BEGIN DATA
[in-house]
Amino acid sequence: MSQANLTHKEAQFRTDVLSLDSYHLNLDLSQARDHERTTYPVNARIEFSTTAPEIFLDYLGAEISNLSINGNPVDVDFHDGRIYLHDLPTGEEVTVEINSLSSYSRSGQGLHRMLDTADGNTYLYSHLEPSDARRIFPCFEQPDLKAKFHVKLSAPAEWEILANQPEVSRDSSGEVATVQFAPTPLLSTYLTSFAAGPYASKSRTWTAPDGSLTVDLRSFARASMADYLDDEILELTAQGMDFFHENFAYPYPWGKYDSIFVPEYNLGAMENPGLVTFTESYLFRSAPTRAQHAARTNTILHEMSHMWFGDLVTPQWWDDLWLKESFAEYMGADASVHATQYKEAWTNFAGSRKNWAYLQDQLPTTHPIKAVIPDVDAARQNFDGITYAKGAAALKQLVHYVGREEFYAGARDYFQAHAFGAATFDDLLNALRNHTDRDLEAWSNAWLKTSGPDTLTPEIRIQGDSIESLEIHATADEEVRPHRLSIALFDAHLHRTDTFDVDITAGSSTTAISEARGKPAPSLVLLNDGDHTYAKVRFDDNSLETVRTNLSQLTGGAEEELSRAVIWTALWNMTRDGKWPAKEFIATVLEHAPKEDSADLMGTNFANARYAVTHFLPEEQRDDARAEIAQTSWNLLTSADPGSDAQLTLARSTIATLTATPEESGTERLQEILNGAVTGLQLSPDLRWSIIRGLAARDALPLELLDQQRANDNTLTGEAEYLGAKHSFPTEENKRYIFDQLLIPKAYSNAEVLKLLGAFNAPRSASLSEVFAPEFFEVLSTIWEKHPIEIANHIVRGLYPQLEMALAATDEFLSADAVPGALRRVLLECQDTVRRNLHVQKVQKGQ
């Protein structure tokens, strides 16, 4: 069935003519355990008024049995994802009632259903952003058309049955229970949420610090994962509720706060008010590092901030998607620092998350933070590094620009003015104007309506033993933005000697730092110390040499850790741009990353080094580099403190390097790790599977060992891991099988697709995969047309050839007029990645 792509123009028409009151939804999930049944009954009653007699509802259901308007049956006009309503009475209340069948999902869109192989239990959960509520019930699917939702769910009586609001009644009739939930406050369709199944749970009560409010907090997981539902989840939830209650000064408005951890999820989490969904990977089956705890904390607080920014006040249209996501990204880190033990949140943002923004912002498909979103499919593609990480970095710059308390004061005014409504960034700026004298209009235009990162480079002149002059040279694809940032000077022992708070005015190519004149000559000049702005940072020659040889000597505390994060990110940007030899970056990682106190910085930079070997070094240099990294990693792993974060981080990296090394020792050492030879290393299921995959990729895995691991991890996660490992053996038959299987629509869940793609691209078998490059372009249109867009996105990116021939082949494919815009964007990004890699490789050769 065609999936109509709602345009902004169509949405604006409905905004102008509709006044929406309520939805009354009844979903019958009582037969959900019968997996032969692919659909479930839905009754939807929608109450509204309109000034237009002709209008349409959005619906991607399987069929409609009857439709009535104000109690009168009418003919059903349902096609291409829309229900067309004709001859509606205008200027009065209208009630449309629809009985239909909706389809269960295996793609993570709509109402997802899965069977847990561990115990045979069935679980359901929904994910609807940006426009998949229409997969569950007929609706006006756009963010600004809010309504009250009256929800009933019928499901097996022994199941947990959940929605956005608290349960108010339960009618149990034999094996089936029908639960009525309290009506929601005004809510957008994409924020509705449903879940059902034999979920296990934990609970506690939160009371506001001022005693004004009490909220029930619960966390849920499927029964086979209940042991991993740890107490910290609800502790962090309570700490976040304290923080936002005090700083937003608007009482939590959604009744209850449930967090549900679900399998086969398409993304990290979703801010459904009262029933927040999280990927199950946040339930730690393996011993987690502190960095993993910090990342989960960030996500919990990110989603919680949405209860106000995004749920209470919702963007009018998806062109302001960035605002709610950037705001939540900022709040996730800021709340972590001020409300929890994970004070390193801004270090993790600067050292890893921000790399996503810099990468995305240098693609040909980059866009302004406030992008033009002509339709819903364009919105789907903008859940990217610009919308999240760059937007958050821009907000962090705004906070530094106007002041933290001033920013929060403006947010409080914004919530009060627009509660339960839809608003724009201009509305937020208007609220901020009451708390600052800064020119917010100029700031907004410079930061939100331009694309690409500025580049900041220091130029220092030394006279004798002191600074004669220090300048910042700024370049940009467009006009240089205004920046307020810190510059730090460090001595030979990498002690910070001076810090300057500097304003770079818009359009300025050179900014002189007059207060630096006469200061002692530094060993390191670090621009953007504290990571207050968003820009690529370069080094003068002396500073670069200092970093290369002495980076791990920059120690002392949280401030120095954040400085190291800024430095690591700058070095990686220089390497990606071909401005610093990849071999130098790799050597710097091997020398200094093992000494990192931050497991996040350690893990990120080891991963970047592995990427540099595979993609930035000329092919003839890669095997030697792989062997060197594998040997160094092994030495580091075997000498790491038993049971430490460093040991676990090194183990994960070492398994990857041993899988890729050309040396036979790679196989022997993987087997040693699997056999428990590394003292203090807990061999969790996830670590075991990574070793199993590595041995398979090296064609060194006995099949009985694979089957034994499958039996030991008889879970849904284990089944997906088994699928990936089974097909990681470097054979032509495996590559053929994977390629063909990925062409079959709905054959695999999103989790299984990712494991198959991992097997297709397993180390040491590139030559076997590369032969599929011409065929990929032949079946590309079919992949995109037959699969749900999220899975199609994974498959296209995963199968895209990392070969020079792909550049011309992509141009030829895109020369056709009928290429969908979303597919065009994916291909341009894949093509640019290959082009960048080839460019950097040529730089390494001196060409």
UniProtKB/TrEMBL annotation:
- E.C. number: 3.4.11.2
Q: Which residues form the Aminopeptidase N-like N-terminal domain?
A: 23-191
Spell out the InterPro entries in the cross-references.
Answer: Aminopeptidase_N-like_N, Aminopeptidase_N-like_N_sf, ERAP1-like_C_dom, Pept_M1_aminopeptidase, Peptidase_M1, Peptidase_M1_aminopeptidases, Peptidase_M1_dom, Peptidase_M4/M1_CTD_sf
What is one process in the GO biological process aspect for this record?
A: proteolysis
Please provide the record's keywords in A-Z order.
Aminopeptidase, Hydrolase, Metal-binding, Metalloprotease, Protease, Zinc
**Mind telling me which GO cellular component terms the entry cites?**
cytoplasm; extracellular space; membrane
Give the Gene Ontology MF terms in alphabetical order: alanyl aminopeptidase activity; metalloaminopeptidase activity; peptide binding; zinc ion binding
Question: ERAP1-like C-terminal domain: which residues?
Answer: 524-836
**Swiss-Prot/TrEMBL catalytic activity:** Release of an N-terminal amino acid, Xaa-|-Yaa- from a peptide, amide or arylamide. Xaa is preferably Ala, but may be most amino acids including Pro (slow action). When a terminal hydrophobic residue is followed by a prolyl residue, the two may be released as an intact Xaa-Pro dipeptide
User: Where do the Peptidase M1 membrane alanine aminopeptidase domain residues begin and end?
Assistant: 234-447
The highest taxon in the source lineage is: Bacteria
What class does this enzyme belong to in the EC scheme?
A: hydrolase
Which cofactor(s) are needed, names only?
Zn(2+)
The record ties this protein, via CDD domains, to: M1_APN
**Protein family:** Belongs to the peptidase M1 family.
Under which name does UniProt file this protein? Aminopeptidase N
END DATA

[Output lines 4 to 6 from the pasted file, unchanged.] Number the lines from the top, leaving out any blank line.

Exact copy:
UniProtKB/TrEMBL annotation:
- E.C. number: 3.4.11.2
Q: Which residues form the Aminopeptidase N-like N-terminal domain?